Compare and Contrast the Whiskey Rebellion with Shay’s Rebellion.
Disgruntling and disgust reached the highest pitch in the summer of 1794 when civil protests manifested as an armed rebellion, when shots were fired in Pennsylvania about ten miles south of Pittsburgh. As word spread of the rebellion, small time farmers and their supporters enacted bodies of resistance which were geared to disrupt the tax collecting process and make day to day routines in the village intolerable.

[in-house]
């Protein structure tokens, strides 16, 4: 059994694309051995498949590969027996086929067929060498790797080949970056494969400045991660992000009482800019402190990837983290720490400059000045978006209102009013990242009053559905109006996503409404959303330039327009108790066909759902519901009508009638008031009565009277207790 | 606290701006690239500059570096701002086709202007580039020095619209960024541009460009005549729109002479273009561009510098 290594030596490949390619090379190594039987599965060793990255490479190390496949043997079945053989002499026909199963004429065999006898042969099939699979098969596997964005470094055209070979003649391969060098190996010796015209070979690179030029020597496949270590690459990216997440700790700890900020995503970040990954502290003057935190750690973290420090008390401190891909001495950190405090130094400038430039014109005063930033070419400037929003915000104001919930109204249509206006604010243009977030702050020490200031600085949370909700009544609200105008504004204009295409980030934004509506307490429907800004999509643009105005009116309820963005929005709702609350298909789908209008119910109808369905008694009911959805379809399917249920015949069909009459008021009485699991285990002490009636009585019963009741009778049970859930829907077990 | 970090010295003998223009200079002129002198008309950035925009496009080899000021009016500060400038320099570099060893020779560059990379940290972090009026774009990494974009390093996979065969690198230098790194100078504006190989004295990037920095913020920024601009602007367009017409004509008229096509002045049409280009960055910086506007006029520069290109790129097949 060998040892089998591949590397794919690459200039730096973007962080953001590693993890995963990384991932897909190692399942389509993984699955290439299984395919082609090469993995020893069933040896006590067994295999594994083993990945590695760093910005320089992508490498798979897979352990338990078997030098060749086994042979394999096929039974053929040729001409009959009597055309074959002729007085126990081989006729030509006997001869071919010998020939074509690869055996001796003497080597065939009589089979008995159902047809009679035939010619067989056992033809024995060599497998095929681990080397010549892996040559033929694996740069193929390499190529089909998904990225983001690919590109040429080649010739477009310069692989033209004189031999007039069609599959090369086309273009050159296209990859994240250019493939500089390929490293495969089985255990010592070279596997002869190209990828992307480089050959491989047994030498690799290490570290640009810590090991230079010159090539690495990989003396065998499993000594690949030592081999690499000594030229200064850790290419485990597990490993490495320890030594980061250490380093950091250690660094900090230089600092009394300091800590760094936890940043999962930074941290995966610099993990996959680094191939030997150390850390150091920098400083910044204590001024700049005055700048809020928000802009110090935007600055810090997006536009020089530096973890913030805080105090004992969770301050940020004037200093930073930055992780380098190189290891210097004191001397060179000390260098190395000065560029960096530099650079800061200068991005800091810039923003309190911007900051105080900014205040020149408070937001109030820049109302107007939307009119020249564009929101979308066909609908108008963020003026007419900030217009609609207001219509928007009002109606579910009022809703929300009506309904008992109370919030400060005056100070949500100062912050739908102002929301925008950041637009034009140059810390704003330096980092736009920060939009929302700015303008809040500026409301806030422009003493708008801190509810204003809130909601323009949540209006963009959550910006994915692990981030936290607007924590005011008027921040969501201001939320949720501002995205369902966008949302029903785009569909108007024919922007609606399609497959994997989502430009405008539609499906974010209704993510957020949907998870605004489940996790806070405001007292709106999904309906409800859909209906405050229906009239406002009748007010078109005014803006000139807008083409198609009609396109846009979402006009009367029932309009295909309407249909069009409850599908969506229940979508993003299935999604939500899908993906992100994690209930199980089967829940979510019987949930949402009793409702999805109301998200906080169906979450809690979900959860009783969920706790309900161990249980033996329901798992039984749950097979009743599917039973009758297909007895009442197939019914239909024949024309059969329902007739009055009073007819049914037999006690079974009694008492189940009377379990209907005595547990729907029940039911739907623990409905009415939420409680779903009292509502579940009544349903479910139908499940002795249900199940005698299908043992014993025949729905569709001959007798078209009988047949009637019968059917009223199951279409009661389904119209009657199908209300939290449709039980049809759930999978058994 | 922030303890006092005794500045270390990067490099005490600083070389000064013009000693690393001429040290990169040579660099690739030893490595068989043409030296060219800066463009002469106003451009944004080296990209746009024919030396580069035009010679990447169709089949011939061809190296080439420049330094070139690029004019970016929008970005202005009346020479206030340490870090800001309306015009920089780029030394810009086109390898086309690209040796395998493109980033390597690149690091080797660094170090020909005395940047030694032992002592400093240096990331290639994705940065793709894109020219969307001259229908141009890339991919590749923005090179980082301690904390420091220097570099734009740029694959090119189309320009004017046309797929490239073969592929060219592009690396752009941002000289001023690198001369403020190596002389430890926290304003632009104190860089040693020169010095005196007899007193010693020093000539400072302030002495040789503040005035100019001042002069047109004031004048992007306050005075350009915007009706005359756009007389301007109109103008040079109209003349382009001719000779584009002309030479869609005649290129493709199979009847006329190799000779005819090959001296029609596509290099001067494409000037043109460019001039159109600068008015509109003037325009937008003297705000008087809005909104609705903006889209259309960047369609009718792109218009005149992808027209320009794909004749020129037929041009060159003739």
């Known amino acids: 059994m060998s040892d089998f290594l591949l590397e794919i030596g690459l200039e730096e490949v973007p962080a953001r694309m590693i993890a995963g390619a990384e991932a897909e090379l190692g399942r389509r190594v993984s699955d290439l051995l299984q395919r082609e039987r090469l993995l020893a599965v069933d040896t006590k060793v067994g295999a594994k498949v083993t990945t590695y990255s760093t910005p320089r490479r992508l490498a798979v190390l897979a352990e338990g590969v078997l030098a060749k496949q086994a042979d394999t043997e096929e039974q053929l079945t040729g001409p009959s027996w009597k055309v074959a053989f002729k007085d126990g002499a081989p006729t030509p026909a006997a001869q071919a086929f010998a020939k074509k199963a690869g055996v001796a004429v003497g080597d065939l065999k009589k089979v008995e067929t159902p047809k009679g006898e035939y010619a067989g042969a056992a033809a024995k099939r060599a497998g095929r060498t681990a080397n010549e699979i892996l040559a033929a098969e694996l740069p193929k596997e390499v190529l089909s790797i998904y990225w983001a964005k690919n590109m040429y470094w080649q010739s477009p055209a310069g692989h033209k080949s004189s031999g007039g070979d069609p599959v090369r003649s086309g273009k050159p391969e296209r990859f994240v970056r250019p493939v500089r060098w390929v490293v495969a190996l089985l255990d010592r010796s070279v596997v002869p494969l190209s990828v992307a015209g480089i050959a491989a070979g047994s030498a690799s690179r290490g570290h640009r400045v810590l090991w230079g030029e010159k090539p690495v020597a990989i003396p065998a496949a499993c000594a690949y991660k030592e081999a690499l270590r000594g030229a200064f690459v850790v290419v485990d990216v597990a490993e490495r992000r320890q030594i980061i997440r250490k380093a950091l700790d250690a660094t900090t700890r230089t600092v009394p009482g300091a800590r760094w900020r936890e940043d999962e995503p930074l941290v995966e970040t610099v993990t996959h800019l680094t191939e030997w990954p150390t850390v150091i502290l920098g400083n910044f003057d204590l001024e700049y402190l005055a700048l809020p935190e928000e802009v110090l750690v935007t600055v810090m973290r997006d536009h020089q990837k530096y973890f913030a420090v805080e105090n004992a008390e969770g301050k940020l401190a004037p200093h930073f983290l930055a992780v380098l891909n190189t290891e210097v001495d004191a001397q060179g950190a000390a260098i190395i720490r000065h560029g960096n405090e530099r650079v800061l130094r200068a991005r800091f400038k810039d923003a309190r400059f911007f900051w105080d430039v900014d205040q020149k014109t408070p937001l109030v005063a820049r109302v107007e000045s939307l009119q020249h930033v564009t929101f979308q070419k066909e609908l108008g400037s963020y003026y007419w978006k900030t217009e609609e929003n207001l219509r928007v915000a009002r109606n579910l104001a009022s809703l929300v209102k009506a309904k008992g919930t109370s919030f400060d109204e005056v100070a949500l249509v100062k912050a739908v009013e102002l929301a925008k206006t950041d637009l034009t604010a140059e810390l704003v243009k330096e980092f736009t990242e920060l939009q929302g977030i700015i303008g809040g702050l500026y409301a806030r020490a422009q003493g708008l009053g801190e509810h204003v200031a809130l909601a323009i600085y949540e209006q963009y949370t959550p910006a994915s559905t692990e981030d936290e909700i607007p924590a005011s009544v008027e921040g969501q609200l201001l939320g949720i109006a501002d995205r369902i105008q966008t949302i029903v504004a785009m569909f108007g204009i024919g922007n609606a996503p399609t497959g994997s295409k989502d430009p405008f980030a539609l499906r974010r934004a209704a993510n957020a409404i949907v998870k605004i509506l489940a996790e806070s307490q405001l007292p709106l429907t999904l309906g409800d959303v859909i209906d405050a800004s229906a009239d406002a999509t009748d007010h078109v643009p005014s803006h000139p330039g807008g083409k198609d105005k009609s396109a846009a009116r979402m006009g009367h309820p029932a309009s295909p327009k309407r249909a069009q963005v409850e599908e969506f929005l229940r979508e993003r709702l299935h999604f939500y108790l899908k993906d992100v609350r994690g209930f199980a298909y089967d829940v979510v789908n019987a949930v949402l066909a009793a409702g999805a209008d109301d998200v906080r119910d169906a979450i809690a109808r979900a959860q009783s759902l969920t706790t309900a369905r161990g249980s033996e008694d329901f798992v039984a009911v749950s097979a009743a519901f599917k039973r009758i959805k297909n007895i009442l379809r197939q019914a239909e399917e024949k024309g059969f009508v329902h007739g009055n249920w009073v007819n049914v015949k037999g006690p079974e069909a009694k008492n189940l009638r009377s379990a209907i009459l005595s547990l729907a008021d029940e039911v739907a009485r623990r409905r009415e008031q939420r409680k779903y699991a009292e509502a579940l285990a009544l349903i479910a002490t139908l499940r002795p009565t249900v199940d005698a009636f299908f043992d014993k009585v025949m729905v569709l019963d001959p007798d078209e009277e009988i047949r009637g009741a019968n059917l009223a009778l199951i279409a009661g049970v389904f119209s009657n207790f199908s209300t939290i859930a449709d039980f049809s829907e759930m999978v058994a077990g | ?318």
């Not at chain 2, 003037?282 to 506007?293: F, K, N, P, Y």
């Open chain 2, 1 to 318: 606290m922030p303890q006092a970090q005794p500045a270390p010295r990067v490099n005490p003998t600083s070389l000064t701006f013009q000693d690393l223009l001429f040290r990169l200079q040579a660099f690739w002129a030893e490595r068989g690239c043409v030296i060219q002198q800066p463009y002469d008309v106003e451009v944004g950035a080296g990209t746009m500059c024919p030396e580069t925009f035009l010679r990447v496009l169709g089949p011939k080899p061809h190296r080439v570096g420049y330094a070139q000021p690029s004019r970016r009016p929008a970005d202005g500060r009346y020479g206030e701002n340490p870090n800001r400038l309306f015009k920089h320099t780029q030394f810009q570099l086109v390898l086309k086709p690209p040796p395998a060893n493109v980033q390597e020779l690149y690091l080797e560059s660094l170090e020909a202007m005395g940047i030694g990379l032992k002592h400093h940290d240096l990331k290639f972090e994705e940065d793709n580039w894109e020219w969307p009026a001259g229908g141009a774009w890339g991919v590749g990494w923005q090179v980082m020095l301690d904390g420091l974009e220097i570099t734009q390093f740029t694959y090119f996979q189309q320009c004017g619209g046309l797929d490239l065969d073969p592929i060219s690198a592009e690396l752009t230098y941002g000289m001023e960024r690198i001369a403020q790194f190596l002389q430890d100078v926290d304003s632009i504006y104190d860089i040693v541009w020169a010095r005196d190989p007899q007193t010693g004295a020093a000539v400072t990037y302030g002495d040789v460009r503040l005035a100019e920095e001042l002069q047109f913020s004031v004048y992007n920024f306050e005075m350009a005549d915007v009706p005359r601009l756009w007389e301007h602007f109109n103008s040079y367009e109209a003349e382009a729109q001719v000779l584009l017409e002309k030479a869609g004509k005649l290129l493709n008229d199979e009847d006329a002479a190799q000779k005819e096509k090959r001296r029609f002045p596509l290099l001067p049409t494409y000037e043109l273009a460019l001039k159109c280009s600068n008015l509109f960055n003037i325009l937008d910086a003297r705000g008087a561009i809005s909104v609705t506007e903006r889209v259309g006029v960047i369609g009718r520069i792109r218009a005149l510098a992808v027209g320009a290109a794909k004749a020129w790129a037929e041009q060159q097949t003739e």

George Washington and Alexander Hamilton, remembering Shays' Rebellion from just eight years before, decided to make Pennsylvania a testing ground for federal authority. Washington ordered federal marshals to serve court orders requiring the tax protesters to appear in federal district court. On August 7, 1794, Washington invoked the Militia Law of 1792 to summon the militias of Pennsylvania, Virginia and several states. The rebel force they sought was likewise composed of Pennsylvanians, Virginians, and possibly men from other states. The militia force of 13,000 men was organized and under the personal command of